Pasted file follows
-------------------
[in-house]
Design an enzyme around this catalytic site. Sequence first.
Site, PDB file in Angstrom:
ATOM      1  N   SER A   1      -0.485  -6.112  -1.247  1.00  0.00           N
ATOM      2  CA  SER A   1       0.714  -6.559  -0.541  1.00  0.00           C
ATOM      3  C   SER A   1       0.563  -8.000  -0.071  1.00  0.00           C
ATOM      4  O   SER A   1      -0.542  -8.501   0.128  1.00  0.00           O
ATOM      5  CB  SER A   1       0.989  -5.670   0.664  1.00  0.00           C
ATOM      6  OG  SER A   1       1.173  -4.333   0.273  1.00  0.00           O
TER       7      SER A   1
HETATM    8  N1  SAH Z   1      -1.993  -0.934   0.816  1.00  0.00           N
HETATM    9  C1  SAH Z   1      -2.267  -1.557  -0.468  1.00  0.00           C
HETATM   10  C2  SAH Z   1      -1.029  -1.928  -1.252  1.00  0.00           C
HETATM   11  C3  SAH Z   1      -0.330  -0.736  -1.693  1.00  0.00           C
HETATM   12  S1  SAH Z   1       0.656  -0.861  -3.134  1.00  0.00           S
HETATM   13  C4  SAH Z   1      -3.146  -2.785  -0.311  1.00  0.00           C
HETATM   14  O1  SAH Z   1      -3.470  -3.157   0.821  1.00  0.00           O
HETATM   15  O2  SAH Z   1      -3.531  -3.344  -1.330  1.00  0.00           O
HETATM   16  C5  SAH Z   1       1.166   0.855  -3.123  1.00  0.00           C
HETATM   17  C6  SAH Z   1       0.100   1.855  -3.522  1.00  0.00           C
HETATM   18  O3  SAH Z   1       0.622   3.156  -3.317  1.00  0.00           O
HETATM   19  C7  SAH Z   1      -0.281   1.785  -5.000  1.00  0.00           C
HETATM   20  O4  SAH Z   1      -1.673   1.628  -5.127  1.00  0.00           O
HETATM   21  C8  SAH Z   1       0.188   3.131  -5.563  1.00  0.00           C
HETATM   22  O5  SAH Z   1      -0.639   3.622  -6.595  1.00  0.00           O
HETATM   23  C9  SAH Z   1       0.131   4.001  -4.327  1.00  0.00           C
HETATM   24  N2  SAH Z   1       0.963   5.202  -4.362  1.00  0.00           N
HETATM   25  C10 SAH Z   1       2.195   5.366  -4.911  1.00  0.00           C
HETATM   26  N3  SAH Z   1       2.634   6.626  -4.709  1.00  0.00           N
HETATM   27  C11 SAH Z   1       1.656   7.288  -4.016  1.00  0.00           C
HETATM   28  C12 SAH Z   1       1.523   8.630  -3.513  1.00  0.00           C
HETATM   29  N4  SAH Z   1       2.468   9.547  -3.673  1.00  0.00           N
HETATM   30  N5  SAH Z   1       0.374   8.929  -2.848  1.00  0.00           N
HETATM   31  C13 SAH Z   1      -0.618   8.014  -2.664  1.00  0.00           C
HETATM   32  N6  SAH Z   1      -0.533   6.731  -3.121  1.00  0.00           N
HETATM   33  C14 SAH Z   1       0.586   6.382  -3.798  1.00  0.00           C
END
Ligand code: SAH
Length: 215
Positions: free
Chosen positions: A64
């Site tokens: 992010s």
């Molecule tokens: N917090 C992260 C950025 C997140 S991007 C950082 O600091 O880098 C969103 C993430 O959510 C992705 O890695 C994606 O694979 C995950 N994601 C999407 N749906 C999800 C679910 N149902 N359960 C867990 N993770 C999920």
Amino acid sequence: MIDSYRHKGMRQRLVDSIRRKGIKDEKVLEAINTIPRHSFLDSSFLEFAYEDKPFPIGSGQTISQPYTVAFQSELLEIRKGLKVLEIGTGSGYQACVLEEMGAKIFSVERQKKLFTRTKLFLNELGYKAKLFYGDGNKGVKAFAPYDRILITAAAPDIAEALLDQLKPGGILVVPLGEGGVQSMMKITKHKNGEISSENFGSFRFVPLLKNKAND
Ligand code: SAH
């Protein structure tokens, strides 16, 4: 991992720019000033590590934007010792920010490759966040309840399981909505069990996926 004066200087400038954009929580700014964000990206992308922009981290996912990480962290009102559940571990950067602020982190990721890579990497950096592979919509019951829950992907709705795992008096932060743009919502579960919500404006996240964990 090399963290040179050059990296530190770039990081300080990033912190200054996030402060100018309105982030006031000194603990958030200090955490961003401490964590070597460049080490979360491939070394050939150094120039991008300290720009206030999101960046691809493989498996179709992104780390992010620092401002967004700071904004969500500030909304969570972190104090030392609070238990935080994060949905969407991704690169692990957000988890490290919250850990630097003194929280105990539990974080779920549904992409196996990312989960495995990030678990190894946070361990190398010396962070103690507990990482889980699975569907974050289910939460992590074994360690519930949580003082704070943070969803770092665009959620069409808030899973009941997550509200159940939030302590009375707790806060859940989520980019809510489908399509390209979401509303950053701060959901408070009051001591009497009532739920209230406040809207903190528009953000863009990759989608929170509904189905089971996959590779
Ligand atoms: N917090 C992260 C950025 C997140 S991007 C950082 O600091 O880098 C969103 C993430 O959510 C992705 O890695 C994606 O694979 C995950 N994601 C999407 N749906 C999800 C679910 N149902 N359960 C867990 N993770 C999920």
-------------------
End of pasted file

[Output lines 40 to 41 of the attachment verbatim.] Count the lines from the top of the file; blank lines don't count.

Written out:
Positions: free
Chosen positions: A64